This was a follow on experiment from my earlier attempt to flavour loose leaf shou Pu-erh tea with dried chrysanthemum flowers.
The idea itself was inspired by the fact that it is possible to buy shou Pu-erh artfully wrapped in the complete peel of a mandarin.
I managed to find a packet of dried Chinese mandarin peel at one of the local supermarkets in town, and hurried home to get a’steeping.
On opening the packet I was greeted by a very powerful aroma – savoury, bitter-sweet citrus with what I can only describe as a kind of pepperminty layer.
I used the very same 600ml glazed tea pot as before, with water at 100°C, and 3 teaspoons of tea in a large paper tea filter bag.
When it came to the amount of dried peel to use I chose the peel from three pieces of fruit (if you look at the picture you should be able to see that the peel comes more or less intact, but still kind of segmented into “quarters“, joined at the bottom where the fruit was attached to the tree), torn up by hand (although dried the peel remains quite flexible and is relatively easy to break up using just your fingers), and dropped into another paper tea filter bag.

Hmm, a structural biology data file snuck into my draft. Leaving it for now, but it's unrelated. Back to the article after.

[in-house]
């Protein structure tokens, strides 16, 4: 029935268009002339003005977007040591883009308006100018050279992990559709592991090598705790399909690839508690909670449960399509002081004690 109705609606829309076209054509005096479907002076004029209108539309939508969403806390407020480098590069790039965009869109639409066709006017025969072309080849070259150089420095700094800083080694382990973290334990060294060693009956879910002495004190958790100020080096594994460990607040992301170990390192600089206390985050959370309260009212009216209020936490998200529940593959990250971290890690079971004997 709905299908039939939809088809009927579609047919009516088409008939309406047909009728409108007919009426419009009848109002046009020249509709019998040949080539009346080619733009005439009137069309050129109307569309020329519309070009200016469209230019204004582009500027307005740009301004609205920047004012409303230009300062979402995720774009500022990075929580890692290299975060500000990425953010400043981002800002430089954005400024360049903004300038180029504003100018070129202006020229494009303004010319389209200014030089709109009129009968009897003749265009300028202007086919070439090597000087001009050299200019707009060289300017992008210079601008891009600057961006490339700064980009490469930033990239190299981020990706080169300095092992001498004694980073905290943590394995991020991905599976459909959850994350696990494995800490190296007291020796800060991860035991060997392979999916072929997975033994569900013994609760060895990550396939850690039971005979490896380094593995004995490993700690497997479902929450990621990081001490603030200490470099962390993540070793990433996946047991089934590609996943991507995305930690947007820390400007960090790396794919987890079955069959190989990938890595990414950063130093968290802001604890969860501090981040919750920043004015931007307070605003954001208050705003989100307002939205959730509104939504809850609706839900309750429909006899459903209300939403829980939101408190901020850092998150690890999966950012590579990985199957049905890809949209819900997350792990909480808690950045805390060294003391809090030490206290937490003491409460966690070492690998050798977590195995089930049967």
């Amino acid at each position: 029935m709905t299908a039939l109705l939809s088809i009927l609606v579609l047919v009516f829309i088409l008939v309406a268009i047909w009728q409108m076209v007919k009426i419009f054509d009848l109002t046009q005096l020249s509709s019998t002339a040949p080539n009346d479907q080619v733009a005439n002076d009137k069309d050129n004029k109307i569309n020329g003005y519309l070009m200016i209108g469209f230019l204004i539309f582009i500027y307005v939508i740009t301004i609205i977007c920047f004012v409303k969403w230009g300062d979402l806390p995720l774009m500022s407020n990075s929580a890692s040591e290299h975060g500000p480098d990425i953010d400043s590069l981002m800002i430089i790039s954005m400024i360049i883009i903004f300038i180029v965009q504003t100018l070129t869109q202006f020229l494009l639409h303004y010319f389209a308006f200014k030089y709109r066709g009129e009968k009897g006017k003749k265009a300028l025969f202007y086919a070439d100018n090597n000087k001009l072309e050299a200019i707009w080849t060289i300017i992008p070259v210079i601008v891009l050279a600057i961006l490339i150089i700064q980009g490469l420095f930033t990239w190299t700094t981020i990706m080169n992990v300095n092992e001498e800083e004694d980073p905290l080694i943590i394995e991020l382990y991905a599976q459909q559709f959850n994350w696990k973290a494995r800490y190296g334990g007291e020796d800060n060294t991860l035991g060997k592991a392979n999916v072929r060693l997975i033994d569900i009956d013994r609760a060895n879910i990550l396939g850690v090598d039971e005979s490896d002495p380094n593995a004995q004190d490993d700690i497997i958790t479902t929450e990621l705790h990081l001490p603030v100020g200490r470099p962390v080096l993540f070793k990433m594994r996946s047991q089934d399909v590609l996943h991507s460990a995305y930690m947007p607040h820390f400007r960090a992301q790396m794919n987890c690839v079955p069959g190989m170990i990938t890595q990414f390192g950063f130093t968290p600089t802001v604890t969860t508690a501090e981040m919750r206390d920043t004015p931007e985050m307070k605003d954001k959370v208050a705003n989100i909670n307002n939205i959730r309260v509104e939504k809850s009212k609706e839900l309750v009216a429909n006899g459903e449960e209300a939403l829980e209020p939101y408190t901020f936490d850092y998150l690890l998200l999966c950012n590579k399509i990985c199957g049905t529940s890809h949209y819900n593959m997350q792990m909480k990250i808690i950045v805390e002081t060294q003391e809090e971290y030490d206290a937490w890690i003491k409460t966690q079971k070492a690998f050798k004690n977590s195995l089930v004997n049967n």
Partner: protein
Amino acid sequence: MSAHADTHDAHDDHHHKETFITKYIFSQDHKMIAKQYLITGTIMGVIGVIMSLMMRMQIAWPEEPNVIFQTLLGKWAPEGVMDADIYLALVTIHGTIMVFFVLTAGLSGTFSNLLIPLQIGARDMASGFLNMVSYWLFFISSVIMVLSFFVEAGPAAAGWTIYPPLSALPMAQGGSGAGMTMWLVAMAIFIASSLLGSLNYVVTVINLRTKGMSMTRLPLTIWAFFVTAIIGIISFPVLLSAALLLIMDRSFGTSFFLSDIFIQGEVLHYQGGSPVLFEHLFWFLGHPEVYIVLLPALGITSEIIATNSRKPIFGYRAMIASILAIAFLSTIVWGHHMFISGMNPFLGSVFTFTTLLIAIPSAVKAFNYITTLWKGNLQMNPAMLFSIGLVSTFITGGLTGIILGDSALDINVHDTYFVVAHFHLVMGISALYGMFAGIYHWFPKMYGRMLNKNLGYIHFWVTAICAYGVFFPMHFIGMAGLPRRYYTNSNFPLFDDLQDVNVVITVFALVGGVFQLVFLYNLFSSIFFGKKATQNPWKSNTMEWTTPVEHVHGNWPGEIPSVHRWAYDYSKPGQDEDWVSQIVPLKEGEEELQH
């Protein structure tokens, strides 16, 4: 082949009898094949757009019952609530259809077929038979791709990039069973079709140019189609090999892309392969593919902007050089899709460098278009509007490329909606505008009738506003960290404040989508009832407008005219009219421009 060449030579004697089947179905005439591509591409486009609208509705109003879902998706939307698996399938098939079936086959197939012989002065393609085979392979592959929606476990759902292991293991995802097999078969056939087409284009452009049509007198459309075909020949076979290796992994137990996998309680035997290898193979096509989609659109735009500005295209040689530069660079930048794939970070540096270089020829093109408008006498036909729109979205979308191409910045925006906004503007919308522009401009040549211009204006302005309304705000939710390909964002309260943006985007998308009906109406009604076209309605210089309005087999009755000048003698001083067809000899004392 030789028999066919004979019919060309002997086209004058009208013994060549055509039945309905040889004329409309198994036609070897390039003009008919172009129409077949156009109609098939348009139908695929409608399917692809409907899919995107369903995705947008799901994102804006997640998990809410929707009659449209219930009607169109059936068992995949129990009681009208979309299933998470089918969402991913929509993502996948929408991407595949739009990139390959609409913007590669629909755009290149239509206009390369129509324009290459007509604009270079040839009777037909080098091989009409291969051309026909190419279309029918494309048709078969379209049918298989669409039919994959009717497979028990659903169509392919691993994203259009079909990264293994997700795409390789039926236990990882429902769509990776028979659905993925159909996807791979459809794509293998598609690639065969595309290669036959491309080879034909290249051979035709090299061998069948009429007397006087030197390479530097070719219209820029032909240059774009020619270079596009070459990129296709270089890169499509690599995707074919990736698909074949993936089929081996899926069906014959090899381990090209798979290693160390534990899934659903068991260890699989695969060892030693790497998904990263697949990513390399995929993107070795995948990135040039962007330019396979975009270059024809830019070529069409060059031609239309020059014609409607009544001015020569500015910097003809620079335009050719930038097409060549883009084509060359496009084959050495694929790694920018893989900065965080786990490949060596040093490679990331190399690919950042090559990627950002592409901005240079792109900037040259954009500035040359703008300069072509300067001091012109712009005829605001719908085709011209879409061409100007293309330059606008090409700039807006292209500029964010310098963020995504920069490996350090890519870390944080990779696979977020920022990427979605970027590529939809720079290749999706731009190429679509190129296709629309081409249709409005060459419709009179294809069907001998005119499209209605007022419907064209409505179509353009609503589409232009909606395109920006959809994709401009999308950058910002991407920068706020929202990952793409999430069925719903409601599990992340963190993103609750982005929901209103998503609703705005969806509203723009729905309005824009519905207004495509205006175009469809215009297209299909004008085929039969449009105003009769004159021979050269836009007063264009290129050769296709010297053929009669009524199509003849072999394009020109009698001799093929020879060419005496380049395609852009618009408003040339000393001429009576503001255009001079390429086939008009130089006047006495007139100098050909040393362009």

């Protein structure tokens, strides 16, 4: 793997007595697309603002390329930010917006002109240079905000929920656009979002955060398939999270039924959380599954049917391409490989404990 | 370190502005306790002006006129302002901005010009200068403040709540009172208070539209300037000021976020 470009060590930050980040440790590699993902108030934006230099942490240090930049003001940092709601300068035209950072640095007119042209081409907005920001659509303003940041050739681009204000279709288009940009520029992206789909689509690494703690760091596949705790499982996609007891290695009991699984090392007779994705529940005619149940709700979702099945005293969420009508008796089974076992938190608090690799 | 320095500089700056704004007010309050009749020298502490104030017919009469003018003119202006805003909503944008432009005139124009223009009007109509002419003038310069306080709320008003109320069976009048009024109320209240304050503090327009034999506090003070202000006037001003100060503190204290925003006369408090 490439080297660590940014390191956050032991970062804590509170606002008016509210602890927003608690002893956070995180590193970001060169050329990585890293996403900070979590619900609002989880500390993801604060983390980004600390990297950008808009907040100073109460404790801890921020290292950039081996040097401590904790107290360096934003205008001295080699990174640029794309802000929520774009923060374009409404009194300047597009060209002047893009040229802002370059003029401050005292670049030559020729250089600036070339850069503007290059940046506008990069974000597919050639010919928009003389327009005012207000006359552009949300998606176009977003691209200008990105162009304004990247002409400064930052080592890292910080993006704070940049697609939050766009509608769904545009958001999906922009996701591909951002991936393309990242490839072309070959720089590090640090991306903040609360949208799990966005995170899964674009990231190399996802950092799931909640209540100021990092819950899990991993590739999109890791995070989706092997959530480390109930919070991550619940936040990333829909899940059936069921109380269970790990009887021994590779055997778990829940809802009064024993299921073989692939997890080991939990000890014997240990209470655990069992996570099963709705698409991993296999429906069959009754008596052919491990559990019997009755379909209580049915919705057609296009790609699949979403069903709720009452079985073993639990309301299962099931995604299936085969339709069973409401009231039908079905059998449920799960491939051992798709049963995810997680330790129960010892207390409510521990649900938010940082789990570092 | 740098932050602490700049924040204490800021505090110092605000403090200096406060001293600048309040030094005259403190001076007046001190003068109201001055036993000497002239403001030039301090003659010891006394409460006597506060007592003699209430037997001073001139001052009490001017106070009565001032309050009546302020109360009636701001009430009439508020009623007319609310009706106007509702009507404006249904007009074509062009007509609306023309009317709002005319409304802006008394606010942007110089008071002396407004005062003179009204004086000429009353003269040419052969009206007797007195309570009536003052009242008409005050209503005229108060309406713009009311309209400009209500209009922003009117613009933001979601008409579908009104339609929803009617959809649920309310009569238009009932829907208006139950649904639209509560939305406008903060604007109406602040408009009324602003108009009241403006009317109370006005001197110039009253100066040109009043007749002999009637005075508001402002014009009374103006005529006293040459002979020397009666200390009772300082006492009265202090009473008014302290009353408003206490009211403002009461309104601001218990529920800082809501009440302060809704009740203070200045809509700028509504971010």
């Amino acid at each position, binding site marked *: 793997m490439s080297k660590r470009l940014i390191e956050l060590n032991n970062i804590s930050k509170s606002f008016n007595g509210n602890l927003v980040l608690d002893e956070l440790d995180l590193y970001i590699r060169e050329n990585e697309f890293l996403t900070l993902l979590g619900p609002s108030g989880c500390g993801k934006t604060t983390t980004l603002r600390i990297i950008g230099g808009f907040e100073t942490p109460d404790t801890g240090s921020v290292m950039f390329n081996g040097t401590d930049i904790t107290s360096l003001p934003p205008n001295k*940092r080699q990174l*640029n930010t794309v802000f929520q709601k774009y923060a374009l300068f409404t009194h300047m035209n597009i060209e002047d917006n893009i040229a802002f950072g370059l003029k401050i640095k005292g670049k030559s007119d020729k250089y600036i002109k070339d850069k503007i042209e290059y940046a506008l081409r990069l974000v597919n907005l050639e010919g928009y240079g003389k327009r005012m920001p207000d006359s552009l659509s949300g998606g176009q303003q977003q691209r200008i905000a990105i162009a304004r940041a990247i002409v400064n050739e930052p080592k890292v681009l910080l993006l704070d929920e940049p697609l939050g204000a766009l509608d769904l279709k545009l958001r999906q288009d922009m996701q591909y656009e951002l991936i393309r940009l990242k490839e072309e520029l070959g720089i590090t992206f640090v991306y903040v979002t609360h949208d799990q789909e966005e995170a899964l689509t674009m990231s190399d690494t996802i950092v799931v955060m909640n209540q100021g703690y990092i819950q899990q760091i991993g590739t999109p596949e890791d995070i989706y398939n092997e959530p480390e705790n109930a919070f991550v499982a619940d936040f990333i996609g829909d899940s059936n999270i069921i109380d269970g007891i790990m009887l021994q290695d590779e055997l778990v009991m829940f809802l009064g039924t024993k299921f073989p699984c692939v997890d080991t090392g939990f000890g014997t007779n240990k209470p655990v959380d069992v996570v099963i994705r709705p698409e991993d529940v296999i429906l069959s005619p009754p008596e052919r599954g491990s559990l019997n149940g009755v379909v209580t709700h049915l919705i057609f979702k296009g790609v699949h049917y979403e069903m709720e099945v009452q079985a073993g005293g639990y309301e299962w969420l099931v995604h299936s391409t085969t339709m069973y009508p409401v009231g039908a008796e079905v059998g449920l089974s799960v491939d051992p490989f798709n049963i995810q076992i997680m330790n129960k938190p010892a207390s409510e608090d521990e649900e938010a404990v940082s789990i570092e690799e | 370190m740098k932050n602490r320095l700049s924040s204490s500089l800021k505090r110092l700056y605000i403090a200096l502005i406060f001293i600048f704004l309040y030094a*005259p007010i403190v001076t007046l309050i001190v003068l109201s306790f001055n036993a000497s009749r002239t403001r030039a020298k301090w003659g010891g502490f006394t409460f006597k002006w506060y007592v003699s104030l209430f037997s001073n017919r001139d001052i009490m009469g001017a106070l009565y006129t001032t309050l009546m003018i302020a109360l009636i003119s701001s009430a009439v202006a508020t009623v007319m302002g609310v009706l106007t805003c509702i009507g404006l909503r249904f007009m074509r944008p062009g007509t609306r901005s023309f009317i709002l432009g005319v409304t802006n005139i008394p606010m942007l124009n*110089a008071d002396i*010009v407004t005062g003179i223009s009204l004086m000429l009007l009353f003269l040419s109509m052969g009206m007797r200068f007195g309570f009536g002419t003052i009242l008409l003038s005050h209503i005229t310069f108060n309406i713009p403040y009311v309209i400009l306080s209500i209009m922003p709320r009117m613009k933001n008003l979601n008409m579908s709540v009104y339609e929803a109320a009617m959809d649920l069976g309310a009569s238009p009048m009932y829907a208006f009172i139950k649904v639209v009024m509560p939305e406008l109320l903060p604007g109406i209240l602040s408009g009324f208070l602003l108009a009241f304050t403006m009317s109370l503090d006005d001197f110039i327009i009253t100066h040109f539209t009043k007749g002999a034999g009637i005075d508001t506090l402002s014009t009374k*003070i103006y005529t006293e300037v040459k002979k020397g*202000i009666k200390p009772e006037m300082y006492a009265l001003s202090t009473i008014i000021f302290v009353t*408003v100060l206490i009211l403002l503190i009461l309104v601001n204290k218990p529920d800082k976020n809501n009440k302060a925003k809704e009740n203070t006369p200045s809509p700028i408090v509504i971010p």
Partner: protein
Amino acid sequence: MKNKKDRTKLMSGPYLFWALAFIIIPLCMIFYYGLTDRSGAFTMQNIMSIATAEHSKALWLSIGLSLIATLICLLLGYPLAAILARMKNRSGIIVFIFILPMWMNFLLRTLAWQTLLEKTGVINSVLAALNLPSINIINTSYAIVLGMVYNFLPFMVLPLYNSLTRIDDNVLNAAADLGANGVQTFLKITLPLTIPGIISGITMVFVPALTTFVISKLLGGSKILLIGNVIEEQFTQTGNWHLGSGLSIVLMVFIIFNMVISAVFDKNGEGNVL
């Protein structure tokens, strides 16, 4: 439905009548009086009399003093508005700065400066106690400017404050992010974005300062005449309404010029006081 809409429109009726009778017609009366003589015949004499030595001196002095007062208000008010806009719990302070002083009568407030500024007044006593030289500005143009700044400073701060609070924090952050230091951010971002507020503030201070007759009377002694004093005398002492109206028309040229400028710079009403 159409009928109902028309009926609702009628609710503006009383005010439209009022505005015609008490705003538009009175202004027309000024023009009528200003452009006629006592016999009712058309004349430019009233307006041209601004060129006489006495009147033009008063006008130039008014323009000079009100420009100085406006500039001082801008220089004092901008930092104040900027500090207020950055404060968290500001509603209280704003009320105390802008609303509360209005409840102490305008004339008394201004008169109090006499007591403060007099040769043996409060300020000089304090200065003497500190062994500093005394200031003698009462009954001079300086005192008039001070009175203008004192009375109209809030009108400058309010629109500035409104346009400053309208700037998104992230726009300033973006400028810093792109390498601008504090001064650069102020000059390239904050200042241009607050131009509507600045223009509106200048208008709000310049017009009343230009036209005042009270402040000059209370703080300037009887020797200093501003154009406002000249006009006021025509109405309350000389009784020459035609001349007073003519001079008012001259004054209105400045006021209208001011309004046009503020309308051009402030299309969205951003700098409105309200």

I steeped the tea and peel together for 2 minutes.
The results were interesting.
The sweet and sour aspect was there, but the other aromas weren’t really present, although it has to be said there was a slight hint of the fruitiness.
It was alright per se, but still a little disappointing.
By the time I’d finished the second cup, however, a thought occurred to me.
Perhaps I’d gone about things in the wrong order. Perhaps I should try a different approach.
I thought back to the inspiration for the experiment. In that scenario, the tea takes on the flavour of the fruit long before it ever sees hot water.
So, what I have now done is this. I took the remainder of that batch of tea, about 50g or so, and mixed it with the torn up peel of about 3 fruits.
The plan now is to let it sit in a small tea caddy for at least 2 weeks, to see if the tea takes on more of the subtler aspects of the fruit’s characteristics.
Hopefully after waiting a while, and steeping the tea as per usual, I’ll be able to detect a slightly more favourable, not to mention flavoursome, outcome.
Watch this space, etc.